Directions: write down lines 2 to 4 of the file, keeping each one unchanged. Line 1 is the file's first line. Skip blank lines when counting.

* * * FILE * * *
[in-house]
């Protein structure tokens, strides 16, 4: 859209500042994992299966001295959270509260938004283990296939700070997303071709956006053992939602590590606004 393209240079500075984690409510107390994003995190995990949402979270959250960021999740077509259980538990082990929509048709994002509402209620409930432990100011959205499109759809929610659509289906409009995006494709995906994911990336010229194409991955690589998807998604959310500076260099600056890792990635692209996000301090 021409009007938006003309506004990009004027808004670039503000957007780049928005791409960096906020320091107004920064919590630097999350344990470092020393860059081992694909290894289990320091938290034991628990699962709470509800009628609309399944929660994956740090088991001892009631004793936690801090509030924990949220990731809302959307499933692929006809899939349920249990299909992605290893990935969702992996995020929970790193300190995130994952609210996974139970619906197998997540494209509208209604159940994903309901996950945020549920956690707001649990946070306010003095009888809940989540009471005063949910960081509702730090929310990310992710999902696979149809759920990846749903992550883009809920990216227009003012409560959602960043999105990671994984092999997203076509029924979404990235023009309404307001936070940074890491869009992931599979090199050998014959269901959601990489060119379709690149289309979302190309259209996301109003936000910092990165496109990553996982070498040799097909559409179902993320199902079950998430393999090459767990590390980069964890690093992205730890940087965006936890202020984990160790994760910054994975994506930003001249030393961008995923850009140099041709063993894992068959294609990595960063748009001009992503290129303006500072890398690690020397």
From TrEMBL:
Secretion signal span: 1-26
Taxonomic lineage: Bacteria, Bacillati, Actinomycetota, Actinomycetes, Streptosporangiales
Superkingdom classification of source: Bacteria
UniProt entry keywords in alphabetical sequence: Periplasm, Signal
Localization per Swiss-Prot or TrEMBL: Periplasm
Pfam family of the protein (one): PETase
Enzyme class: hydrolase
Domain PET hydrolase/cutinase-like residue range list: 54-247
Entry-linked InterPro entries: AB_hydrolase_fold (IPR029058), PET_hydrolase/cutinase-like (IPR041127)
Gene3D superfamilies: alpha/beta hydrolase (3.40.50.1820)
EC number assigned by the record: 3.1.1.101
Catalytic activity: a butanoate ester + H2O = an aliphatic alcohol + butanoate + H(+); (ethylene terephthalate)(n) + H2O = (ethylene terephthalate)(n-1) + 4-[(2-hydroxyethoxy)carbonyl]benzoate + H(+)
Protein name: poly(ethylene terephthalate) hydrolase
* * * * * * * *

């Protein structure tokens, strides 16, 4: 859209500042994992299966001295959270509260938004283990296939700070997303071709956006053992939602590590606004 393209240079500075984690409510107390994003995190995990949402979270959250960021999740077509259980538990082990929509048709994002509402209620409930432990100011959205499109759809929610659509289906409009995006494709995906994911990336010229194409991955690589998807998604959310500076260099600056890792990635692209996000301090 021409009007938006003309506004990009004027808004670039503000957007780049928005791409960096906020320091107004920064919590630097999350344990470092020393860059081992694909290894289990320091938290034991628990699962709470509800009628609309399944929660994956740090088991001892009631004793936690801090509030924990949220990731809302959307499933692929006809899939349920249990299909992605290893990935969702992996995020929970790193300190995130994952609210996974139970619906197998997540494209509208209604159940994903309901996950945020549920956690707001649990946070306010003095009888809940989540009471005063949910960081509702730090929310990310992710999902696979149809759920990846749903992550883009809920990216227009003012409560959602960043999105990671994984092999997203076509029924979404990235023009309404307001936070940074890491869009992931599979090199050998014959269901959601990489060119379709690149289309979302190309259209996301109003936000910092990165496109990553996982070498040799097909559409179902993320199902079950998430393999090459767990590390980069964890690093992205730890940087965006936890202020984990160790994760910054994975994506930003001249030393961008995923850009140099041709063993894992068959294609990595960063748009001009992503290129303006500072890398690690020397």
From TrEMBL:
Secretion signal span: 1-26